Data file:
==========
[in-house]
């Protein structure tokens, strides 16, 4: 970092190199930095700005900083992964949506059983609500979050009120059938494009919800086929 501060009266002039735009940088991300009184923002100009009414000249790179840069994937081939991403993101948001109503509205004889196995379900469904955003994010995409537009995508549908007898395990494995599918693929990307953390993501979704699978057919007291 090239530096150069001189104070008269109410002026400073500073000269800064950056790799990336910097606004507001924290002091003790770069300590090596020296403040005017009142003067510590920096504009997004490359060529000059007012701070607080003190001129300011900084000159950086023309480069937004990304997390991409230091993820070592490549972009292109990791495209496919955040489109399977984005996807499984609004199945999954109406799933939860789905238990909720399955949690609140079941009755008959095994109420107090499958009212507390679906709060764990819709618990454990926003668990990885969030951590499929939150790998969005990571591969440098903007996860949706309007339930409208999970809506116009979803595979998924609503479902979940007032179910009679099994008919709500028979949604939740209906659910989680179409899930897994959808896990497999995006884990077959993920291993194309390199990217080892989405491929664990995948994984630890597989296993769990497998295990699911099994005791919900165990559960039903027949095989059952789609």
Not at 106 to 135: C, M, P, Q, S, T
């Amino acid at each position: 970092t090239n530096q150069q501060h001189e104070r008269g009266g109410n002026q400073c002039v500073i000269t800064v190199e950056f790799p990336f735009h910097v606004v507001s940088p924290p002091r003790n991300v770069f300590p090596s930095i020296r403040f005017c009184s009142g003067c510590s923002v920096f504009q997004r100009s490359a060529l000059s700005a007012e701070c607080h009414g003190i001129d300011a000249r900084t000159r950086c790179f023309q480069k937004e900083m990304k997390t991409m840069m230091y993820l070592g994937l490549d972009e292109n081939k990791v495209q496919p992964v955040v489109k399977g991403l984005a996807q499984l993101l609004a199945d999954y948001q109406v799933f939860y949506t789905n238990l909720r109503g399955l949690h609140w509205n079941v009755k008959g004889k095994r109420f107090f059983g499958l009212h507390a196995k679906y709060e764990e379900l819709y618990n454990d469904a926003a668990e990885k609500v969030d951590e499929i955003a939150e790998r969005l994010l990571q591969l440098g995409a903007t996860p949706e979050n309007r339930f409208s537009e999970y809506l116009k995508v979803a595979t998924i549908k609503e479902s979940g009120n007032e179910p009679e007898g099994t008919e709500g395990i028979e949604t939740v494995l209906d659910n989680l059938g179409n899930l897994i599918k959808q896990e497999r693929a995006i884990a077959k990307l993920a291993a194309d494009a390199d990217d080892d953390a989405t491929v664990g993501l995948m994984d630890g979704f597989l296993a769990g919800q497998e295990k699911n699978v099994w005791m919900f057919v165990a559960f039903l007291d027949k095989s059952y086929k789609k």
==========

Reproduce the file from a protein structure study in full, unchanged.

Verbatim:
[in-house]
């Protein structure tokens, strides 16, 4: 970092190199930095700005900083992964949506059983609500979050009120059938494009919800086929 501060009266002039735009940088991300009184923002100009009414000249790179840069994937081939991403993101948001109503509205004889196995379900469904955003994010995409537009995508549908007898395990494995599918693929990307953390993501979704699978057919007291 090239530096150069001189104070008269109410002026400073500073000269800064950056790799990336910097606004507001924290002091003790770069300590090596020296403040005017009142003067510590920096504009997004490359060529000059007012701070607080003190001129300011900084000159950086023309480069937004990304997390991409230091993820070592490549972009292109990791495209496919955040489109399977984005996807499984609004199945999954109406799933939860789905238990909720399955949690609140079941009755008959095994109420107090499958009212507390679906709060764990819709618990454990926003668990990885969030951590499929939150790998969005990571591969440098903007996860949706309007339930409208999970809506116009979803595979998924609503479902979940007032179910009679099994008919709500028979949604939740209906659910989680179409899930897994959808896990497999995006884990077959993920291993194309390199990217080892989405491929664990995948994984630890597989296993769990497998295990699911099994005791919900165990559960039903027949095989059952789609």
Not at 106 to 135: C, M, P, Q, S, T
């Amino acid at each position: 970092t090239n530096q150069q501060h001189e104070r008269g009266g109410n002026q400073c002039v500073i000269t800064v190199e950056f790799p990336f735009h910097v606004v507001s940088p924290p002091r003790n991300v770069f300590p090596s930095i020296r403040f005017c009184s009142g003067c510590s923002v920096f504009q997004r100009s490359a060529l000059s700005a007012e701070c607080h009414g003190i001129d300011a000249r900084t000159r950086c790179f023309q480069k937004e900083m990304k997390t991409m840069m230091y993820l070592g994937l490549d972009e292109n081939k990791v495209q496919p992964v955040v489109k399977g991403l984005a996807q499984l993101l609004a199945d999954y948001q109406v799933f939860y949506t789905n238990l909720r109503g399955l949690h609140w509205n079941v009755k008959g004889k095994r109420f107090f059983g499958l009212h507390a196995k679906y709060e764990e379900l819709y618990n454990d469904a926003a668990e990885k609500v969030d951590e499929i955003a939150e790998r969005l994010l990571q591969l440098g995409a903007t996860p949706e979050n309007r339930f409208s537009e999970y809506l116009k995508v979803a595979t998924i549908k609503e479902s979940g009120n007032e179910p009679e007898g099994t008919e709500g395990i028979e949604t939740v494995l209906d659910n989680l059938g179409n899930l897994i599918k959808q896990e497999r693929a995006i884990a077959k990307l993920a291993a194309d494009a390199d990217d080892d953390a989405t491929v664990g993501l995948m994984d630890g979704f597989l296993a769990g919800q497998e295990k699911n699978v099994w005791m919900f057919v165990a559960f039903l007291d027949k095989s059952y086929k789609k």